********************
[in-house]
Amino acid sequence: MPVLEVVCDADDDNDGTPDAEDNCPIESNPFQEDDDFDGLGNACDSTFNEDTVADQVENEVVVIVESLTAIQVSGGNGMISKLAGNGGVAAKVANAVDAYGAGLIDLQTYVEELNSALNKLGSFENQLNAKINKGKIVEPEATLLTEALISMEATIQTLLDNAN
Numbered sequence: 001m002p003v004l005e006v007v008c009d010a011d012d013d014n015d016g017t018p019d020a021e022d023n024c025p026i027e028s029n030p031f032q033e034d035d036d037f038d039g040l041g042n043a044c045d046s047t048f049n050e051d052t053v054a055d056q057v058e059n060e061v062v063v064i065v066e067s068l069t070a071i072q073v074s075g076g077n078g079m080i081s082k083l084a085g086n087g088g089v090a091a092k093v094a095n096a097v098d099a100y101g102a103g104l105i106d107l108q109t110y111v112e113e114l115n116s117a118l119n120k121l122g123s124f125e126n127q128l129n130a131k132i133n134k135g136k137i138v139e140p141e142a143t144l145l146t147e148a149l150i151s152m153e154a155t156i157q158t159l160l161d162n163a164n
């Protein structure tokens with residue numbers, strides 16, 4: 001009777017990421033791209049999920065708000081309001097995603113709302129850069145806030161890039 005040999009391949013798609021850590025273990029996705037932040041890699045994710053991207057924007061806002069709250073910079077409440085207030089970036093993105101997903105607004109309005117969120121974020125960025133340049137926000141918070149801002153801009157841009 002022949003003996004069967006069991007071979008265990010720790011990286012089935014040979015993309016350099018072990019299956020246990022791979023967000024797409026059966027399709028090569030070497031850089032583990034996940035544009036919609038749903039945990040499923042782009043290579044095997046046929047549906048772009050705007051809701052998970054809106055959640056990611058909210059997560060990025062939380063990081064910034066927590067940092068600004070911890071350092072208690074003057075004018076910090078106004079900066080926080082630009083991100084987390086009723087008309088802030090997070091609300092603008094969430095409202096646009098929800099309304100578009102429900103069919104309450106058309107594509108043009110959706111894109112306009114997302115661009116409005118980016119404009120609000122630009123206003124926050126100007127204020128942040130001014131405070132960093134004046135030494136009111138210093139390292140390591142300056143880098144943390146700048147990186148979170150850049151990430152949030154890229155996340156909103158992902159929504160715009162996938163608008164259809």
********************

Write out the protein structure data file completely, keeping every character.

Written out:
[in-house]
Amino acid sequence: MPVLEVVCDADDDNDGTPDAEDNCPIESNPFQEDDDFDGLGNACDSTFNEDTVADQVENEVVVIVESLTAIQVSGGNGMISKLAGNGGVAAKVANAVDAYGAGLIDLQTYVEELNSALNKLGSFENQLNAKINKGKIVEPEATLLTEALISMEATIQTLLDNAN
Numbered sequence: 001m002p003v004l005e006v007v008c009d010a011d012d013d014n015d016g017t018p019d020a021e022d023n024c025p026i027e028s029n030p031f032q033e034d035d036d037f038d039g040l041g042n043a044c045d046s047t048f049n050e051d052t053v054a055d056q057v058e059n060e061v062v063v064i065v066e067s068l069t070a071i072q073v074s075g076g077n078g079m080i081s082k083l084a085g086n087g088g089v090a091a092k093v094a095n096a097v098d099a100y101g102a103g104l105i106d107l108q109t110y111v112e113e114l115n116s117a118l119n120k121l122g123s124f125e126n127q128l129n130a131k132i133n134k135g136k137i138v139e140p141e142a143t144l145l146t147e148a149l150i151s152m153e154a155t156i157q158t159l160l161d162n163a164n
């Protein structure tokens with residue numbers, strides 16, 4: 001009777017990421033791209049999920065708000081309001097995603113709302129850069145806030161890039 005040999009391949013798609021850590025273990029996705037932040041890699045994710053991207057924007061806002069709250073910079077409440085207030089970036093993105101997903105607004109309005117969120121974020125960025133340049137926000141918070149801002153801009157841009 002022949003003996004069967006069991007071979008265990010720790011990286012089935014040979015993309016350099018072990019299956020246990022791979023967000024797409026059966027399709028090569030070497031850089032583990034996940035544009036919609038749903039945990040499923042782009043290579044095997046046929047549906048772009050705007051809701052998970054809106055959640056990611058909210059997560060990025062939380063990081064910034066927590067940092068600004070911890071350092072208690074003057075004018076910090078106004079900066080926080082630009083991100084987390086009723087008309088802030090997070091609300092603008094969430095409202096646009098929800099309304100578009102429900103069919104309450106058309107594509108043009110959706111894109112306009114997302115661009116409005118980016119404009120609000122630009123206003124926050126100007127204020128942040130001014131405070132960093134004046135030494136009111138210093139390292140390591142300056143880098144943390146700048147990186148979170150850049151990430152949030154890229155996340156909103158992902159929504160715009162996938163608008164259809």